Planning for Results
Who hasn’t heard the old adage – “Failing to plan is planning to fail”
If you are hoping and wishing one day you will have the time and space to pay attention to your health – guess what? There will always be too much to do… a busy time at work… difficult time at home… I could go on and on.
Yes, Change IS Hard
Has it occurred to you that your health might be impacting your ability to be productive at work? That your stress might be exacerbated by the foods you eat (or don’t eat)? That you might not get a chance to deal with your health until it is too late?
The biggest challenge I hear when speaking to clients is that they really do not have the time – no time: to plan meals, to fit in exercise, to track what they eat, to even think about what they could do differently.
And they are not wrong – visible tasks tend to expand to take up any perceived available time.
The real question is priorities. Have you consciously thought about your priorities for your overall lifestyle, or have you let circumstances and external factors set your priorities for you?
When you consciously decide to do things differently you will find change is hard. However, developing a plan to make the change happen is the first step to actually realising the results you are looking for.
Creating a Change Plan
Good news! As professionals, many of us already manage change in the workplace, so you might be pleased to learn that the same strategies needed to run successful change in the workplace can help when creating a plan to change your lifestyle.
Assess the change you seek
How do you want your health – physical and mental – to support you in achieving your goals? Is your current lifestyle setting you up for a heart attack? diabetes? Alzheimer’s? Does chronic pain impact your ability to enjoy your free time? Does fatigue impact on your relationships with family? Friends? Colleagues?
Create your timeline
How long will it take to achieve your goals (hint unlikely to be 6 weeks). What are the milestones along the way – e.g.
In six weeks I will regularly be eating my 5 a day; or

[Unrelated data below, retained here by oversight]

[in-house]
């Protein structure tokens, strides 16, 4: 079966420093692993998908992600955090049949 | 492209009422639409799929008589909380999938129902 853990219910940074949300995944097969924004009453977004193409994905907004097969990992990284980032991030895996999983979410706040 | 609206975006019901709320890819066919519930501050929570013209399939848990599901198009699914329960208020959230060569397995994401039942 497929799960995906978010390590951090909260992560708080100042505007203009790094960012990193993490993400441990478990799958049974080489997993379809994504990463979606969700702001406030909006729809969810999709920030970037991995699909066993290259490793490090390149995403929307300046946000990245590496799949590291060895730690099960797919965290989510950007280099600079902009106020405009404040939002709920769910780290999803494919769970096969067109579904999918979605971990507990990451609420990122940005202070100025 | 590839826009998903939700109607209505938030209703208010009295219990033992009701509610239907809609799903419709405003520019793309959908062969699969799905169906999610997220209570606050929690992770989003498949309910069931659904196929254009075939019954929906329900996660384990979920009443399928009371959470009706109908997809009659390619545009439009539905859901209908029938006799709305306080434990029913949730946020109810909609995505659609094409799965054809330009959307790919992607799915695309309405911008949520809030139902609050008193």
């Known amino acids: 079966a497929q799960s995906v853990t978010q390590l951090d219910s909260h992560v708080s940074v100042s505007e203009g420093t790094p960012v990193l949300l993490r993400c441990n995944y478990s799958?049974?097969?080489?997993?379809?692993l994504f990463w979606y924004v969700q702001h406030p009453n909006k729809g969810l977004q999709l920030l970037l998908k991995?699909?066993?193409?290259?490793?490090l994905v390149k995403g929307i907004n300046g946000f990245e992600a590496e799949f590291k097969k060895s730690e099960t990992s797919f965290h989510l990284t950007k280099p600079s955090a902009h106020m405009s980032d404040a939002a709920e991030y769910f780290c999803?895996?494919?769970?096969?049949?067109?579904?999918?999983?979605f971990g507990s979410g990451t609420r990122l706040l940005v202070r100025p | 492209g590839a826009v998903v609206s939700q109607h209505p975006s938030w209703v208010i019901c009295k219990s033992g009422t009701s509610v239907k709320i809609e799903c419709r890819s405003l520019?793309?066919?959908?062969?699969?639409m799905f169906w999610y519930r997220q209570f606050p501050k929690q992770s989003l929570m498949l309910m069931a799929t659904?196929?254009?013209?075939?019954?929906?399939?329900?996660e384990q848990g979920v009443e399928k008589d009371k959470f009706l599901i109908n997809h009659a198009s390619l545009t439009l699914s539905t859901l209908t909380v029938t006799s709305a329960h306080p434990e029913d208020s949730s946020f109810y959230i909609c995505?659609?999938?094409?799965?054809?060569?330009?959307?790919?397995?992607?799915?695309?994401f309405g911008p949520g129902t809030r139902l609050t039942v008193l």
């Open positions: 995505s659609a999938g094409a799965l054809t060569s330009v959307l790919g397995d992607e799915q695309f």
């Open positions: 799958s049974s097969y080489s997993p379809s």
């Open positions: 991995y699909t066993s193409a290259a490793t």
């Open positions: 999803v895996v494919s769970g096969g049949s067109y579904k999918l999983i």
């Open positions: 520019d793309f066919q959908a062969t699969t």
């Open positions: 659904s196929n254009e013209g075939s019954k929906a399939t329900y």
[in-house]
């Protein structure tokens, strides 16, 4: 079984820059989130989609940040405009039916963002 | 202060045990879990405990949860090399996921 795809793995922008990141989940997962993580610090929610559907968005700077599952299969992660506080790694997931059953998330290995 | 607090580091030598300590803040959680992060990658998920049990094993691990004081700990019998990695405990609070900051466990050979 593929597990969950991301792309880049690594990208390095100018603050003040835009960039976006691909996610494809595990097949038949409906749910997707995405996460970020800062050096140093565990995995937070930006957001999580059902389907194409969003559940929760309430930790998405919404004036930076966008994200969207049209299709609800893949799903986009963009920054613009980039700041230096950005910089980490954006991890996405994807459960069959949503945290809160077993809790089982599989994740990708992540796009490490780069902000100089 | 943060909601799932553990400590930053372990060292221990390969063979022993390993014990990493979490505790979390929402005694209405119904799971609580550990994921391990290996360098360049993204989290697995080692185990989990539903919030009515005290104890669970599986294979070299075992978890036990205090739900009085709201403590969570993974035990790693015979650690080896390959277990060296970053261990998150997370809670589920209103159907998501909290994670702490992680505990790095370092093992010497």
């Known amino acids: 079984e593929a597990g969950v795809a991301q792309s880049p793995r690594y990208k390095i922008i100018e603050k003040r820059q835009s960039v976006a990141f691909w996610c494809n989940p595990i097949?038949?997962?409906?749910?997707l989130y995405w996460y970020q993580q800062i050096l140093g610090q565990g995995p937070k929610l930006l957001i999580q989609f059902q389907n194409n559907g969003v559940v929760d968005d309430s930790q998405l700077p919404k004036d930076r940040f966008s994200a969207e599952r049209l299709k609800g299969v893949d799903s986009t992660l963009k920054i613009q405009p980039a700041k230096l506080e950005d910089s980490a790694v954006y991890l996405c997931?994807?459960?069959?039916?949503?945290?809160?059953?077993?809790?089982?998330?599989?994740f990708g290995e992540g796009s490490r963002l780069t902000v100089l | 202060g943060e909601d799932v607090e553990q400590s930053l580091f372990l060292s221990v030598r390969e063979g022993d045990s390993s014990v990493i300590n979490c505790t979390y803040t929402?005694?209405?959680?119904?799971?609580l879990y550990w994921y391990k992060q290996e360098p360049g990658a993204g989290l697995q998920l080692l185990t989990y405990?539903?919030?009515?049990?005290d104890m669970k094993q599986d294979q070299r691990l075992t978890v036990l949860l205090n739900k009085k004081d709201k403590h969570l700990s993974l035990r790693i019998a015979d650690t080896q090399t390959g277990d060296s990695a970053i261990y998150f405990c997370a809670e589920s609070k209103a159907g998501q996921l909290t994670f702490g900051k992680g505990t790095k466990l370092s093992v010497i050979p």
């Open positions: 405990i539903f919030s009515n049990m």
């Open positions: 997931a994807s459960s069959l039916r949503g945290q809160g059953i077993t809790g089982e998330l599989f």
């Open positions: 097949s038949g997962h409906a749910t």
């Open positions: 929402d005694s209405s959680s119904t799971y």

In 3 months I will be able to climb a flight of steps without stopping or running out of breath; or
In 3 months I will have lost x kilos
In 2 years I will be taking part in marathons
Determine the tool(s) needed to achieve goals
Do you need to exercise more? Do you need to change the types of food you eat? The amount of food you eat? All of the above?
A coach can help you work out what to prioritise and how to gradually build changes at a pace that is realistic but still provides results.
Share your goals. Enlist help from family, friends and colleagues.
When your family, friends and colleagues know what you are trying to do they can understand better when you need to rearrange your schedule or want to try a different restaurant, etc.
Also sharing your goals provides external motivation to stick with the plan when things are tough.
Track and Measure Effectiveness
Just as you would track costs and benefits on a work change project, it is imperative to track the various strategies you are trying (yes – it is trial and error to find strategies that work for you); and, the results in terms of your health and wellness.
Weight is an obvious metric to track however it is one of very many. Other important metrics to track include:
The best time to plant a tree was 20 years ago, the second best time is right now.
Think about what you want from your health and make the commitment to start working to achieve that today.